Teen entrepreneurs present business plans
— A chore service for senior citizens, a lawn care service that uses goats and a dog walking service were among the business ideas young county entrepreneurs pitched as part of the first ever Start-Up Cecil showcase Monday night.
More than 20 teens, ranging in age from 11 to 17, gave a “Shark Tank” style presentation of their business plans before a panel of judges at the Elkton Central Library for a chance to win prizes and other business-related items. The showcase, which was run by the Cecil County Public Library, was the culmination of a threepart series that kicked off in June with two classes designed to teach teens what it takes to create a small business.
The classes weren’t required to enter the showcase but all business plans had to be submitted in advance to the panel of three judges, made up of Cecil County Councilman Dan Schneckenburger, Kim Swyka of Columbia Bank and Cathy and Jenn Parsons, of Best Vacations LLC. The judges were also allowed to ask questions during the five-minute presentations.
The first place winner received a $ 200 Visa gift card, second place earned a $ 100 Visa gift card and third place won a $50 gift card. All of the participants received Start- Up Cecil T- shirts and business cards.
Joseph Grapes, 12, won first place for his Helping Hands plan, which focuses on helping elders with tasks such as lawn and yard work, car washes and indoor chores. Second place was awarded to Caroline Little, 11, for her Managing Vegetation with Goats plan, which utilizes goats for lawn work. Third place went to Brandon Goldberg, 11, for his Pet Parade Dog Services, a dog walking service.
Other business plans presented included cupcakes to help lower blood pressure, stress balls and a colonial restaurant and bed and breakfast.
Grapes said he came up with his winning business idea because he thinks it’s important to help the elderly.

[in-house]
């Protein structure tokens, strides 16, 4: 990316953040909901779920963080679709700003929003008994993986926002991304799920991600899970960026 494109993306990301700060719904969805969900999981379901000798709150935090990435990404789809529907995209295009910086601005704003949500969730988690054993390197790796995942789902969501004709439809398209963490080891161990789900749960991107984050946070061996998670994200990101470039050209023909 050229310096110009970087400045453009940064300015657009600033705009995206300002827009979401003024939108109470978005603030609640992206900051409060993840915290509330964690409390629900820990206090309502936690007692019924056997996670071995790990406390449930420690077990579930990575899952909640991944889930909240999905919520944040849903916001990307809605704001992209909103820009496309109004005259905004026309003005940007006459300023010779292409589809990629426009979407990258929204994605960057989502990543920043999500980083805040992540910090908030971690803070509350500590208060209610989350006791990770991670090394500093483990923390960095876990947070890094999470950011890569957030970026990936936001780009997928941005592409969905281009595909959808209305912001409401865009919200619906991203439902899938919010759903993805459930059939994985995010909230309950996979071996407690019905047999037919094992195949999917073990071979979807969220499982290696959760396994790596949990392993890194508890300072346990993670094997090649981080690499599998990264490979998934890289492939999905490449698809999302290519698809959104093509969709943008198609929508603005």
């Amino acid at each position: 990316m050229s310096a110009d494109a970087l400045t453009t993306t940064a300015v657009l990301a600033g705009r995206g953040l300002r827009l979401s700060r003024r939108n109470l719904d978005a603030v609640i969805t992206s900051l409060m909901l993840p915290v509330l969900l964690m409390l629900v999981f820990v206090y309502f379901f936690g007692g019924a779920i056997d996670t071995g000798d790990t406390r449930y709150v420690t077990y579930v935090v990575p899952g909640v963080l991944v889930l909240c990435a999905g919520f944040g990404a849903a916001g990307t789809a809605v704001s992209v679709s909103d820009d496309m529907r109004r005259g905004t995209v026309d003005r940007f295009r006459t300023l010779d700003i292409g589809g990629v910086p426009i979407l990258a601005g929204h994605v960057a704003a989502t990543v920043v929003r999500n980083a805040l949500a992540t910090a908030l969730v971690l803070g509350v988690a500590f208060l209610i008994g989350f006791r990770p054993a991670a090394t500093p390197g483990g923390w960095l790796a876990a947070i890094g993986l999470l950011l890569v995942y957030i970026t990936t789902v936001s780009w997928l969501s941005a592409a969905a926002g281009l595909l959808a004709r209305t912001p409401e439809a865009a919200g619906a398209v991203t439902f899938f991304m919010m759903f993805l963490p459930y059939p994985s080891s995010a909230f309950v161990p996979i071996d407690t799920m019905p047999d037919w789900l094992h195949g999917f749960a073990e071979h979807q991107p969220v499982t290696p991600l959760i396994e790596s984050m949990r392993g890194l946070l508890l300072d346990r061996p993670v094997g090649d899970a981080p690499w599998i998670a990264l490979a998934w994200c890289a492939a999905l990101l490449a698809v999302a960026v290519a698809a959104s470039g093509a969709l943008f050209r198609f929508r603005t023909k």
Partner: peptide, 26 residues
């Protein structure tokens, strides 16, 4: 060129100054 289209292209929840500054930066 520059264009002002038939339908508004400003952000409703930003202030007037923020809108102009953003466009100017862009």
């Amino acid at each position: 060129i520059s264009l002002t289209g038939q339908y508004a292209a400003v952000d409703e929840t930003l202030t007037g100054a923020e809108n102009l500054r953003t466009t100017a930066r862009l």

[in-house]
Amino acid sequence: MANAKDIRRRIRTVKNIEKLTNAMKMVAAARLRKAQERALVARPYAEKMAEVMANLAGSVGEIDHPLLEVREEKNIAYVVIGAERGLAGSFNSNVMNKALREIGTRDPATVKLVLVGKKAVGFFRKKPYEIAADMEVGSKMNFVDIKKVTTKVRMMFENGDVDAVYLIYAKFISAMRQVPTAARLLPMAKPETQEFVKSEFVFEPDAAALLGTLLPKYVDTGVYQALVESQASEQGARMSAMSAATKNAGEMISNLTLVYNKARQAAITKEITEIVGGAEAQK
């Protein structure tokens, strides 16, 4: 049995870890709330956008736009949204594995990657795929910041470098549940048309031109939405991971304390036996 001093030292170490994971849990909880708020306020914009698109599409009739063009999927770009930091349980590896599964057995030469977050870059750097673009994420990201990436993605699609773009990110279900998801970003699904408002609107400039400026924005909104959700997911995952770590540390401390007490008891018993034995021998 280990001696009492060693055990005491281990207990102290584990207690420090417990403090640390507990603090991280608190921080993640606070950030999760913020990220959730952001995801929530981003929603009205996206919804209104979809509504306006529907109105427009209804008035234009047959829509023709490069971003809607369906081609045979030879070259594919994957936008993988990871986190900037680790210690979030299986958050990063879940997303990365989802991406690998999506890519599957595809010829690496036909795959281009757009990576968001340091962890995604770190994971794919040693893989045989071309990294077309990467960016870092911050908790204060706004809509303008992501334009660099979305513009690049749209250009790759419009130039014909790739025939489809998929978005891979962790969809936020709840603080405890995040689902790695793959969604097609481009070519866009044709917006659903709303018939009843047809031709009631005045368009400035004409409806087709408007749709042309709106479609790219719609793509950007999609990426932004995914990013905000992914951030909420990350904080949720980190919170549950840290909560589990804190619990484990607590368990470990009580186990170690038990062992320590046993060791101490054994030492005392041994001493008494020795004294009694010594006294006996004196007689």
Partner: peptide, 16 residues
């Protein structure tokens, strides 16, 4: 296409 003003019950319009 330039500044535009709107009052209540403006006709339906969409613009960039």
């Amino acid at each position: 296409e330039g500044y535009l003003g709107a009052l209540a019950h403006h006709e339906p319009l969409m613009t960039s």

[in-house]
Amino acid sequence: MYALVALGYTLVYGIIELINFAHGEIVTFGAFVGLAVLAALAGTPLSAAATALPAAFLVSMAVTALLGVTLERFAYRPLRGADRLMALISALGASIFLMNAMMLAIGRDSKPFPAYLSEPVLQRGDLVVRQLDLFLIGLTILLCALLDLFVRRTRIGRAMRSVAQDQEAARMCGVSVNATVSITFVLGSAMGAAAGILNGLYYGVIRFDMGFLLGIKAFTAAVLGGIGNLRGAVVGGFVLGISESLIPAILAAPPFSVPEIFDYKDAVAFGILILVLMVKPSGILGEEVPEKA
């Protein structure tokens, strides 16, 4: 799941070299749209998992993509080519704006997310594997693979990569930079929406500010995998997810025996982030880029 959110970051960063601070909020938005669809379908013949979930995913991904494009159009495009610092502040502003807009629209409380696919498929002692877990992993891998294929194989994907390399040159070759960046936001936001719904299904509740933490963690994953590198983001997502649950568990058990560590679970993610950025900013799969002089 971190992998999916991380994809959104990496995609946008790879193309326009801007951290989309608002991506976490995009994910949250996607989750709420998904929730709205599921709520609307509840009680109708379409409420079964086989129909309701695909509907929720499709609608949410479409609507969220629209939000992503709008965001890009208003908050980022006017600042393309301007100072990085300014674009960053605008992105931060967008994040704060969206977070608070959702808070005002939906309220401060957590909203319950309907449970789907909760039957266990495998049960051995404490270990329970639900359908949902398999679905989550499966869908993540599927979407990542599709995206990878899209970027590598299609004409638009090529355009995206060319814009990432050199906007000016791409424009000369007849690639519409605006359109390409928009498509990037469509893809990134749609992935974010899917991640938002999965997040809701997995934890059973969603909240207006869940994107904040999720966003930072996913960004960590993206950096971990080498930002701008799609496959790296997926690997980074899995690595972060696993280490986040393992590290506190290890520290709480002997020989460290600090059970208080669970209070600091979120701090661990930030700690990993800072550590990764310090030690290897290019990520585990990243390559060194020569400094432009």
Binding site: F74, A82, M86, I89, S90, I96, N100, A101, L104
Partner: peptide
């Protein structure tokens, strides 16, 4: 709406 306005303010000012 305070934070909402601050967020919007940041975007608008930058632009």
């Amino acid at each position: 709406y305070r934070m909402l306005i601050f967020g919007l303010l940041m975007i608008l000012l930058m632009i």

”I feel very strongly about helping the elderly because they are such a big part of our community,” Grapes said, noting that he researched and found that 20 percent of the world’s population is 70 years and older.
Joseph said his main inspiration for his plan came from helping his grandmother after she underwent shoulder surgery about a month ago. He said he’s helped her with the laundry and vacuuming and helped his grandfather with lawn work because he’s been taking care of his wife, as well.
He said he’d like to start his busi- ness soon and has a few friends in mind who may be interested in his start-up.
Grapes’ father, Michael, said he and wife, Denise, are proud of Joseph for winning.
”I was glad because it was his idea, his brainchild, so to speak,” Michael said.
Schneckenburger said he was impressed by the teens who presented their business plans during the competition.
“It just shows a lot of youth have ideas about doing a business, they have a lot of passion,” Schneckenburger said after the competition. “I really think I saw on the written responses a variation of filling out all of the necessary blocks, but a lot of kids came here and actually explained and fulfilled areas that maybe were deficient or areas we had questions on.”
Laura Metzler, CCPL small business librarian, was also impressed with the students who presented plans, noting that many came to the first class never having heard of a business plan or concepts such as start-up costs, cash flow and market analysis. But by the showcase, the students were pitching their ideas like professionals, she said.
”I think some of them could have convinced Mark Cuban to invest,” Metzler said, referring to the billionaire “Shark Tank” judge. “I was blown away by the creativity and work ethic of these kids and it gives me so much faith in the future of Cecil County.”
A group picture of all of the participants and judges in the business plan presentation Monday night.